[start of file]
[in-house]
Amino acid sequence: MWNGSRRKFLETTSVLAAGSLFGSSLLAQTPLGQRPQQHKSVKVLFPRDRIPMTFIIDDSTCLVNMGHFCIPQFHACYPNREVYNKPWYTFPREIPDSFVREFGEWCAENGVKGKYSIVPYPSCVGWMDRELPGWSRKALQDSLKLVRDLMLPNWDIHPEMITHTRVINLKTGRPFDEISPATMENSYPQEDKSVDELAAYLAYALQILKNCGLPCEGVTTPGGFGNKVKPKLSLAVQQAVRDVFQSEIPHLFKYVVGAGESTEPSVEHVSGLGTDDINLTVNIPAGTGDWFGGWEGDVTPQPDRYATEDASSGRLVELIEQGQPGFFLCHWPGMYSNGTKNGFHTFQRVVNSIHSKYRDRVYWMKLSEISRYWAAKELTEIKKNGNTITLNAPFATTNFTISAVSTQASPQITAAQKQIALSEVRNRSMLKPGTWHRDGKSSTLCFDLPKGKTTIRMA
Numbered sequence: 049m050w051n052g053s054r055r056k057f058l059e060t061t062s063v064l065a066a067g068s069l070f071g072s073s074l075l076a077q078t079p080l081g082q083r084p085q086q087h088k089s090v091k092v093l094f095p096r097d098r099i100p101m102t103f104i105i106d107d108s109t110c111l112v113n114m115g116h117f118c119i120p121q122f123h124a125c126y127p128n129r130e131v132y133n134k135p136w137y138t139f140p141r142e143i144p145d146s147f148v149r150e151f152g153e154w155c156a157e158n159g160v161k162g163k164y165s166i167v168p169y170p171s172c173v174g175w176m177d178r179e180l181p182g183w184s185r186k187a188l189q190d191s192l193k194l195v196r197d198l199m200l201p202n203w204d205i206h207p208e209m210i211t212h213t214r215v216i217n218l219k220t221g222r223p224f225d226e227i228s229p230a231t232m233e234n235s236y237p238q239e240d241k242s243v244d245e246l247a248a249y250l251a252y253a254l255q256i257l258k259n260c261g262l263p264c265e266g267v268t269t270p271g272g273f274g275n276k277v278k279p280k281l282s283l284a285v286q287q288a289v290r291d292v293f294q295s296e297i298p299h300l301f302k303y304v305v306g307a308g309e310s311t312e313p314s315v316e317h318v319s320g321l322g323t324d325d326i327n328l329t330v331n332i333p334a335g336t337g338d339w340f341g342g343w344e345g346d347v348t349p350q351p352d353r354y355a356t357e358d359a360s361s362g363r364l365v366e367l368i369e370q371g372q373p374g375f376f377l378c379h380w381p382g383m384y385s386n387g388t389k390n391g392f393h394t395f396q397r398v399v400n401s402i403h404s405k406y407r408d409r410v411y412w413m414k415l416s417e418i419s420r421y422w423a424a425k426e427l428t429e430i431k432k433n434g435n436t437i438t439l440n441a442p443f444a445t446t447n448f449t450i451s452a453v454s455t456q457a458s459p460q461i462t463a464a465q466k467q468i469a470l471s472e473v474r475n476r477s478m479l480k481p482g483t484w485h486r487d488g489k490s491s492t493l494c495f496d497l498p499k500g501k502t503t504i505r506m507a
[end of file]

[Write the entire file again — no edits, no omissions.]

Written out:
[in-house]
Amino acid sequence: MWNGSRRKFLETTSVLAAGSLFGSSLLAQTPLGQRPQQHKSVKVLFPRDRIPMTFIIDDSTCLVNMGHFCIPQFHACYPNREVYNKPWYTFPREIPDSFVREFGEWCAENGVKGKYSIVPYPSCVGWMDRELPGWSRKALQDSLKLVRDLMLPNWDIHPEMITHTRVINLKTGRPFDEISPATMENSYPQEDKSVDELAAYLAYALQILKNCGLPCEGVTTPGGFGNKVKPKLSLAVQQAVRDVFQSEIPHLFKYVVGAGESTEPSVEHVSGLGTDDINLTVNIPAGTGDWFGGWEGDVTPQPDRYATEDASSGRLVELIEQGQPGFFLCHWPGMYSNGTKNGFHTFQRVVNSIHSKYRDRVYWMKLSEISRYWAAKELTEIKKNGNTITLNAPFATTNFTISAVSTQASPQITAAQKQIALSEVRNRSMLKPGTWHRDGKSSTLCFDLPKGKTTIRMA
Numbered sequence: 049m050w051n052g053s054r055r056k057f058l059e060t061t062s063v064l065a066a067g068s069l070f071g072s073s074l075l076a077q078t079p080l081g082q083r084p085q086q087h088k089s090v091k092v093l094f095p096r097d098r099i100p101m102t103f104i105i106d107d108s109t110c111l112v113n114m115g116h117f118c119i120p121q122f123h124a125c126y127p128n129r130e131v132y133n134k135p136w137y138t139f140p141r142e143i144p145d146s147f148v149r150e151f152g153e154w155c156a157e158n159g160v161k162g163k164y165s166i167v168p169y170p171s172c173v174g175w176m177d178r179e180l181p182g183w184s185r186k187a188l189q190d191s192l193k194l195v196r197d198l199m200l201p202n203w204d205i206h207p208e209m210i211t212h213t214r215v216i217n218l219k220t221g222r223p224f225d226e227i228s229p230a231t232m233e234n235s236y237p238q239e240d241k242s243v244d245e246l247a248a249y250l251a252y253a254l255q256i257l258k259n260c261g262l263p264c265e266g267v268t269t270p271g272g273f274g275n276k277v278k279p280k281l282s283l284a285v286q287q288a289v290r291d292v293f294q295s296e297i298p299h300l301f302k303y304v305v306g307a308g309e310s311t312e313p314s315v316e317h318v319s320g321l322g323t324d325d326i327n328l329t330v331n332i333p334a335g336t337g338d339w340f341g342g343w344e345g346d347v348t349p350q351p352d353r354y355a356t357e358d359a360s361s362g363r364l365v366e367l368i369e370q371g372q373p374g375f376f377l378c379h380w381p382g383m384y385s386n387g388t389k390n391g392f393h394t395f396q397r398v399v400n401s402i403h404s405k406y407r408d409r410v411y412w413m414k415l416s417e418i419s420r421y422w423a424a425k426e427l428t429e430i431k432k433n434g435n436t437i438t439l440n441a442p443f444a445t446t447n448f449t450i451s452a453v454s455t456q457a458s459p460q461i462t463a464a465q466k467q468i469a470l471s472e473v474r475n476r477s478m479l480k481p482g483t484w485h486r487d488g489k490s491s492t493l494c495f496d497l498p499k500g501k502t503t504i505r506m507a